In 2018, Florida set a tourism record for the eighth consecutive year drawing 126.1 million out-of-state visitors, and this year AAA ranks Orlando as the number one summer destination in the world!
With Florida poised to break another tourism record and many residents looking forward to holiday weekends and vacations, the Florida Department of Health (FDOH) encourages everyone to maximize the health benefits and fun of days spent in and around Florida’s waters: play it safe and keep it healthy.
Beach Swimming, Lake Swimming and Everywhere In-Between
It’s obvious that swimming in open water is different than swimming in a pool but most people are not aware how vastly different swimming in open water is. Even the strongest swimmer can get in trouble swimming in open water. That’s why everyone—children, teens and adults—should never swim alone and always use the buddy system when swimming.
Parents know to supervise their small children, but older children—this includes teens—need to be watched, too. Children ages 1–4 are more likely to drown in home swimming pools and children ages 5–19 are more likely to drown in natural bodies of water. Someone watching from the shore who is aware of where swimmers are at all times is an important layer of protection.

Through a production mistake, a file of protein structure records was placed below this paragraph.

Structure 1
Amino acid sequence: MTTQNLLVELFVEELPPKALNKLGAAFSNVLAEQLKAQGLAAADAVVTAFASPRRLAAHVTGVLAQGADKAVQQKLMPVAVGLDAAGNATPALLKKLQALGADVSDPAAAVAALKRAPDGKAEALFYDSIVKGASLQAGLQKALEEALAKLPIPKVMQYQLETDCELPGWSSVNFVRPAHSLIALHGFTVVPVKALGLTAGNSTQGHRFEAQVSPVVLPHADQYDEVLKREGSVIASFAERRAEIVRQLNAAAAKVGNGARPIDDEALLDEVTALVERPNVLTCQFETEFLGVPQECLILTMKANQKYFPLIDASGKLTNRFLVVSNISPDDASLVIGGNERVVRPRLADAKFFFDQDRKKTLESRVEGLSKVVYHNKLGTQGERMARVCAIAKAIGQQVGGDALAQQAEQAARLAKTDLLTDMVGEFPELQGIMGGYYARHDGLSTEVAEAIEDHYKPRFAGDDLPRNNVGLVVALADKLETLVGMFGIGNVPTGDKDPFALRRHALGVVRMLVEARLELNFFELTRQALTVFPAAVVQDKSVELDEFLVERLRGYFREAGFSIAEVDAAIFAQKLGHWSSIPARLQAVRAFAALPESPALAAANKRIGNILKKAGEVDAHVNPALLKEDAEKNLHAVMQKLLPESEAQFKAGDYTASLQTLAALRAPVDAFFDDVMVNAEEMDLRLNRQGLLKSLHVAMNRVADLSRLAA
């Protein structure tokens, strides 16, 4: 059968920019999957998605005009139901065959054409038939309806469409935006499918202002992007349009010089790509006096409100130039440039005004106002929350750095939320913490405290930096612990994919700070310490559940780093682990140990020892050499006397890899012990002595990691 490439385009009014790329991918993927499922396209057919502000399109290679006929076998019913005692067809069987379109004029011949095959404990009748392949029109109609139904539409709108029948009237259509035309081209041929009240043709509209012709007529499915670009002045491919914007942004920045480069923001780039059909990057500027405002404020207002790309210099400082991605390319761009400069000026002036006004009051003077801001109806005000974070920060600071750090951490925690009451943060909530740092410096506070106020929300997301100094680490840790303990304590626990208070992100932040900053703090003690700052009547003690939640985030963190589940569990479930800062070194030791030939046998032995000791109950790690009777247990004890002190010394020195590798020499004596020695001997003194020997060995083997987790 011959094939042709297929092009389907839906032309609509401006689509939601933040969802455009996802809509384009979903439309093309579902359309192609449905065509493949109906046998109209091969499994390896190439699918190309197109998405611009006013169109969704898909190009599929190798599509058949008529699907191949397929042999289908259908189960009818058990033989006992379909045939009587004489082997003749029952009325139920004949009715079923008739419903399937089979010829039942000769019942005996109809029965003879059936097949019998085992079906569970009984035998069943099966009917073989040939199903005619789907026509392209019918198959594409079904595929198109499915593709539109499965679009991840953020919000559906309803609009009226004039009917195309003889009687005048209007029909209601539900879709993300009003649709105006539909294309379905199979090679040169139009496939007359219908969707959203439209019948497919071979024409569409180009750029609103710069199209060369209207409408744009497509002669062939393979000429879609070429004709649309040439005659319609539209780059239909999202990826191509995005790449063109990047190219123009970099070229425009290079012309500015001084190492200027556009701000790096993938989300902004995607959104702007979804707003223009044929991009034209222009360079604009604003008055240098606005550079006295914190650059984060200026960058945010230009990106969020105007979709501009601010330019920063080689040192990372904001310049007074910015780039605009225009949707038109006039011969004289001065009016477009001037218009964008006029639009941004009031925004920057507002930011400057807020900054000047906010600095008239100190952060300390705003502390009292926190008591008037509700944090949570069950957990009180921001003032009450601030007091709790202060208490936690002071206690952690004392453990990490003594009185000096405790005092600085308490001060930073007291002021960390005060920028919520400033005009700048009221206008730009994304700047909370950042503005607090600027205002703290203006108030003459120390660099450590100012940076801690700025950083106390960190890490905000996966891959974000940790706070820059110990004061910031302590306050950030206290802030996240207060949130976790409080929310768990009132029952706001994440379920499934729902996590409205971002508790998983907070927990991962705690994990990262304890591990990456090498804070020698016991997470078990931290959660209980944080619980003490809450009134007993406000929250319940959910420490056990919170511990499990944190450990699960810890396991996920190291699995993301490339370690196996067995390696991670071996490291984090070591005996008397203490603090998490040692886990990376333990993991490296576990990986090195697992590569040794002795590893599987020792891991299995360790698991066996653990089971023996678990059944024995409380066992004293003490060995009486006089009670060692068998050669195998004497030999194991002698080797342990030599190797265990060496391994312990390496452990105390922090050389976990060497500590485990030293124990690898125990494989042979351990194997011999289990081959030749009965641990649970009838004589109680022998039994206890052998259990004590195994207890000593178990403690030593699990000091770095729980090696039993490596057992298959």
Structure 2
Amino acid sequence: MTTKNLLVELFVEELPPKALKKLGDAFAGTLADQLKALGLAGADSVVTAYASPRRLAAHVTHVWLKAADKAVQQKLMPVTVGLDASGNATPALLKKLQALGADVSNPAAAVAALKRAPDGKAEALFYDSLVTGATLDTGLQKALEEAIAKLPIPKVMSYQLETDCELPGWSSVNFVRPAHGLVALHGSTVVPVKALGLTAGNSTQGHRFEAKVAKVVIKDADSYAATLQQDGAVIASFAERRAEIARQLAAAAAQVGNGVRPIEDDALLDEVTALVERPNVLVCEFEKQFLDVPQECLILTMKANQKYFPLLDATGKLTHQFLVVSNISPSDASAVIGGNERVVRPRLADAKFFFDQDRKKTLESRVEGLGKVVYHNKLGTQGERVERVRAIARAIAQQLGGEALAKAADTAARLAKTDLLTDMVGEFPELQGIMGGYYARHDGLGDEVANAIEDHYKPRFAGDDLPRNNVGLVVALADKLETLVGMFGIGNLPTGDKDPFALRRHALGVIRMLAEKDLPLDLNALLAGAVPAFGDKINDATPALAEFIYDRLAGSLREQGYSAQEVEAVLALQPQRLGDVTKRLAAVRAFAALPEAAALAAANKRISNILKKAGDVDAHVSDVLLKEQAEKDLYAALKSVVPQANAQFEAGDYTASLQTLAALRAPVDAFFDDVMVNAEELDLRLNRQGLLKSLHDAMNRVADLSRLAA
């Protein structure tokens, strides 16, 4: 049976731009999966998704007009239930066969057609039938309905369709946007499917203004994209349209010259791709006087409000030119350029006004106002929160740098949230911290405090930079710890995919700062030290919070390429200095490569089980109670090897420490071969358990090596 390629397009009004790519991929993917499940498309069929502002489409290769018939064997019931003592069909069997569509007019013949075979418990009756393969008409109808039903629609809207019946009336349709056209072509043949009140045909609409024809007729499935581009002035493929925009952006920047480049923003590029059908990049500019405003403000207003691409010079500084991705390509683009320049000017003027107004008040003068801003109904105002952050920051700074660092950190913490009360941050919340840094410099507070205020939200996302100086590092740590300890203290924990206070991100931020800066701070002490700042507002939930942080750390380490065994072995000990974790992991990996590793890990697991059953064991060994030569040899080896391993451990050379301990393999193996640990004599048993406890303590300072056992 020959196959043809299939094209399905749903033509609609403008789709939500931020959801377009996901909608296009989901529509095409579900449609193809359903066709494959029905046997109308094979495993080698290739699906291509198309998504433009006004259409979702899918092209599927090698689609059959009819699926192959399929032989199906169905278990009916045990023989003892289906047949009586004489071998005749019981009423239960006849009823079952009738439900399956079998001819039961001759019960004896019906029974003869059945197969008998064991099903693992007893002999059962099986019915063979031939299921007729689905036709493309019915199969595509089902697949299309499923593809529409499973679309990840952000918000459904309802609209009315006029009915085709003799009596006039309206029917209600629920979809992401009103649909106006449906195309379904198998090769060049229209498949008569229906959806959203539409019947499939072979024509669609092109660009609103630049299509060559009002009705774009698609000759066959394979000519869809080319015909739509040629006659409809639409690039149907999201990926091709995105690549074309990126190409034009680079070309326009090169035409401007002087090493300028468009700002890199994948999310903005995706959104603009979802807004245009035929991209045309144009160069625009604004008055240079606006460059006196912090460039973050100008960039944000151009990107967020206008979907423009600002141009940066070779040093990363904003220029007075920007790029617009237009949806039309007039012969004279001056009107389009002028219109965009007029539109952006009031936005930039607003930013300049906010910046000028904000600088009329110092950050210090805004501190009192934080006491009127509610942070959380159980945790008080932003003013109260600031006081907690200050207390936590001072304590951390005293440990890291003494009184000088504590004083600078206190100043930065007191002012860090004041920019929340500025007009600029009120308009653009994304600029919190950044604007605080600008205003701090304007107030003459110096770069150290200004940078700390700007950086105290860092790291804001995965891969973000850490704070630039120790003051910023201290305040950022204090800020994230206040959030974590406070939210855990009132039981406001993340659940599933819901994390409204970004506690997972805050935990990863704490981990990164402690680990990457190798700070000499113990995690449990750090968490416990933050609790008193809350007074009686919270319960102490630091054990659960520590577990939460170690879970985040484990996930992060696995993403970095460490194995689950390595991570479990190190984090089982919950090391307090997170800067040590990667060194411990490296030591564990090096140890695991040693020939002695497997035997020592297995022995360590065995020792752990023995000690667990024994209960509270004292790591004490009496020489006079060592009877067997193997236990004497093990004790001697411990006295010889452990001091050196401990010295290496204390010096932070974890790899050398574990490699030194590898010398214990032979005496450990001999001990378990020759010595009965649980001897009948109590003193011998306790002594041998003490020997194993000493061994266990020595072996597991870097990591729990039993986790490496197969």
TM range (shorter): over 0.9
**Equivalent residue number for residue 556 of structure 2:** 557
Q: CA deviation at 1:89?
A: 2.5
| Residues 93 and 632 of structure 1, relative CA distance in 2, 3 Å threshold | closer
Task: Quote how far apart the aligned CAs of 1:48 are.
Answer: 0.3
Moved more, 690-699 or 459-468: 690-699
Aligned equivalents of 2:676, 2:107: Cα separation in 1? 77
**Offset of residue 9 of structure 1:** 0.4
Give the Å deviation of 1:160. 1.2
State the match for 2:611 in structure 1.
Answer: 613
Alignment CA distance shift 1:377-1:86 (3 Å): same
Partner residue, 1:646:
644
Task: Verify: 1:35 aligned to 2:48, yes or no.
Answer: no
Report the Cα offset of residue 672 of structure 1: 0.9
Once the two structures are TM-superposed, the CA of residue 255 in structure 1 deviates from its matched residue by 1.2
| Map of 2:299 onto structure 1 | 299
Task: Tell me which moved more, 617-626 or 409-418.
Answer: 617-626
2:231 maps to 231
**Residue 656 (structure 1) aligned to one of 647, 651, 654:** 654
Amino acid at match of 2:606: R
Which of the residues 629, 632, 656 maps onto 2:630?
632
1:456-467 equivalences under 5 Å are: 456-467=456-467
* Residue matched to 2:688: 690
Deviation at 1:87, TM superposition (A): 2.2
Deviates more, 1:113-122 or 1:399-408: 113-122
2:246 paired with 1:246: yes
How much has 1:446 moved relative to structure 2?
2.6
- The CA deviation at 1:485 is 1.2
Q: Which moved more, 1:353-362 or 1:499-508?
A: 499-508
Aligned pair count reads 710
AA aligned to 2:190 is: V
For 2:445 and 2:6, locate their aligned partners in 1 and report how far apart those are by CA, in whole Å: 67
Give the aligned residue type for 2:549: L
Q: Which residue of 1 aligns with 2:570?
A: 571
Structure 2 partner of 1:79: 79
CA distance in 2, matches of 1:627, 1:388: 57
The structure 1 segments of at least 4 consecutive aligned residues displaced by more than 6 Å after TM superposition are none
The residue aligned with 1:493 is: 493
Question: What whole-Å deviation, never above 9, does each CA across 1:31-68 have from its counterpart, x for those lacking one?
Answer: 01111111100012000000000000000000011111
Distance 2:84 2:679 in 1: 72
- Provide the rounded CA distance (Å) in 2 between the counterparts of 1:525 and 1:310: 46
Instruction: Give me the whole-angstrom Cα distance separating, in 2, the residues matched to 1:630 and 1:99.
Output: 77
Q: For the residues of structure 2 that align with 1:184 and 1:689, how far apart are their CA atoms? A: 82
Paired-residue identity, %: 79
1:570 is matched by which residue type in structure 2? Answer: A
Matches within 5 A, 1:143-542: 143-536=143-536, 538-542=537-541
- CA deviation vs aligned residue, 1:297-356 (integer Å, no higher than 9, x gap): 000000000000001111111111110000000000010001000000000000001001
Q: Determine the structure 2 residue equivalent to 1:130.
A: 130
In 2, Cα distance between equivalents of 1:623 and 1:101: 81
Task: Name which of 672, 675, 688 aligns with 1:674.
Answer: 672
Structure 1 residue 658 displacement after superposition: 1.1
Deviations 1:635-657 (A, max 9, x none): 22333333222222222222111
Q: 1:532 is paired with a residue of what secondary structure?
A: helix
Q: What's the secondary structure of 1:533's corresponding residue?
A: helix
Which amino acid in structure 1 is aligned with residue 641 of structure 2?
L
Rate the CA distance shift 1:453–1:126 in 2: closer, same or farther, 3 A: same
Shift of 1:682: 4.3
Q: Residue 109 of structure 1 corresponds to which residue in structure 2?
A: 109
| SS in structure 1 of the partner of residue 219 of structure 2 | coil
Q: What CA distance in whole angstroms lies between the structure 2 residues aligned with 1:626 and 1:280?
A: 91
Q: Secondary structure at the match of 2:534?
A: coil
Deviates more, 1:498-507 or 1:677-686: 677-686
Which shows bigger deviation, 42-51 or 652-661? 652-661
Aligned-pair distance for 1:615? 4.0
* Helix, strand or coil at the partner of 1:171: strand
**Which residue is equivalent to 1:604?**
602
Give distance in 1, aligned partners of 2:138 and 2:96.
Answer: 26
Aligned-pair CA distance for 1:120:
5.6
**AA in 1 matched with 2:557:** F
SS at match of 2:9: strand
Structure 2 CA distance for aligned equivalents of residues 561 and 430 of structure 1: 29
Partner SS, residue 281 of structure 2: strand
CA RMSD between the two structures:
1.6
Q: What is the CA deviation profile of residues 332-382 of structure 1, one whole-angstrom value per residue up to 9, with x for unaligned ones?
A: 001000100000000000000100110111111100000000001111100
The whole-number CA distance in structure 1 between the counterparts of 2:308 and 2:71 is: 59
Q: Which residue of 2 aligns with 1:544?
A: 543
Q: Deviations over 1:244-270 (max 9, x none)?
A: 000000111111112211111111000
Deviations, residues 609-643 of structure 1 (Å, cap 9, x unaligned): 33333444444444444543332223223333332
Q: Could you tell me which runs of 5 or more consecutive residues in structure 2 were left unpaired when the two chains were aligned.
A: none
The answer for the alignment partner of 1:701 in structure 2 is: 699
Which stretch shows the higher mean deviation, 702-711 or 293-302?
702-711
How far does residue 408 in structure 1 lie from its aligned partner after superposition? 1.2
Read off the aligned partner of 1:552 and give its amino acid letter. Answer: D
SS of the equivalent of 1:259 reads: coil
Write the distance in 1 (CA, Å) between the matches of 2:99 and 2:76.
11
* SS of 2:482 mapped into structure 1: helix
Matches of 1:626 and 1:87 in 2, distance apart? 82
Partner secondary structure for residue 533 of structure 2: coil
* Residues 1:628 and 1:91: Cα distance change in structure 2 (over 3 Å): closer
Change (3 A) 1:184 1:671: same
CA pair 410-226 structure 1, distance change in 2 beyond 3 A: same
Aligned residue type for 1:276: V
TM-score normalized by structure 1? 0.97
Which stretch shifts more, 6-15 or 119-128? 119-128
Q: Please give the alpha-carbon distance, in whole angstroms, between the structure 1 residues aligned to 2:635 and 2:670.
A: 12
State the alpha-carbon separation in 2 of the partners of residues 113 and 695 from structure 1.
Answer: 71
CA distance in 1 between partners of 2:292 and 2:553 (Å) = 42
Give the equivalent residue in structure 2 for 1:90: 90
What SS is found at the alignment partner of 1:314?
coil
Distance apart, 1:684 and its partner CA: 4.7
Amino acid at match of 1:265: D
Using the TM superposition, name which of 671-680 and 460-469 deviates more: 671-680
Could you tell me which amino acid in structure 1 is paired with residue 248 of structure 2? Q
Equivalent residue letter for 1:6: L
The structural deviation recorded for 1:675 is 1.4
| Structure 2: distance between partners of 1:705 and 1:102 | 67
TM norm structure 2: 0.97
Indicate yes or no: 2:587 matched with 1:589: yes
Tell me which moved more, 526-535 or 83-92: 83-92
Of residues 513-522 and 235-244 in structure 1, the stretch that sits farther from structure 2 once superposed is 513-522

Other measures can add layers of protection:
- Attention to safety signs and flags can help swimmers avoid dangerous conditions and currents like rip tide—weather.gov/forecast delivers beach forecasts and current statements by ZIP code.
- Open cuts or wounds should not be immersed in water; if there’s bacteria in the water, they can enter the body through a cut or wound. Water should not be swallowed as well.
- A cut or wound that happens when swimming, wading or boating should be washed with clean, running water and soap, and covered with a clean, dry waterproof bandage.
A Few Extra Precautions for Swimming in Warm Freshwater and Hot Springs
It’s not safe to take in warm freshwater through the nose. Swimmers should wear nose clips or avoid putting their heads underwater. Digging in or stirring up mud and scum should be avoided.
Florida’s Waters are Natural Places—Some More Wild than Others
All of Florida’s natural waters are home to aquatic life, land animals and plants that should not be approached or touched by people. Swimmers, waders and boaters should also stay away from red tides and algal blooms like blue green algae (cyanobacteria) that occur naturally. Both can cause skin irritation, burning eyes, and throat and breathing irritations.
Mosquitoes are another familiar part of Florida’s summer landscape. Lightweight clothing that covers arms and legs, and mosquito repellent, can keep pesky bites to a minimum. The U.S. Environmental Protection Agency keeps a current listing of safe and reliable repellents. For best results, follow all label directions.
Walking barefoot on beaches, piers, lakeshores and rivers is not a good idea. The risk for injury—stepping on sharp objects, slipping on mossy rocks, tripping on uneven trails—is high. Shoes should match the activity.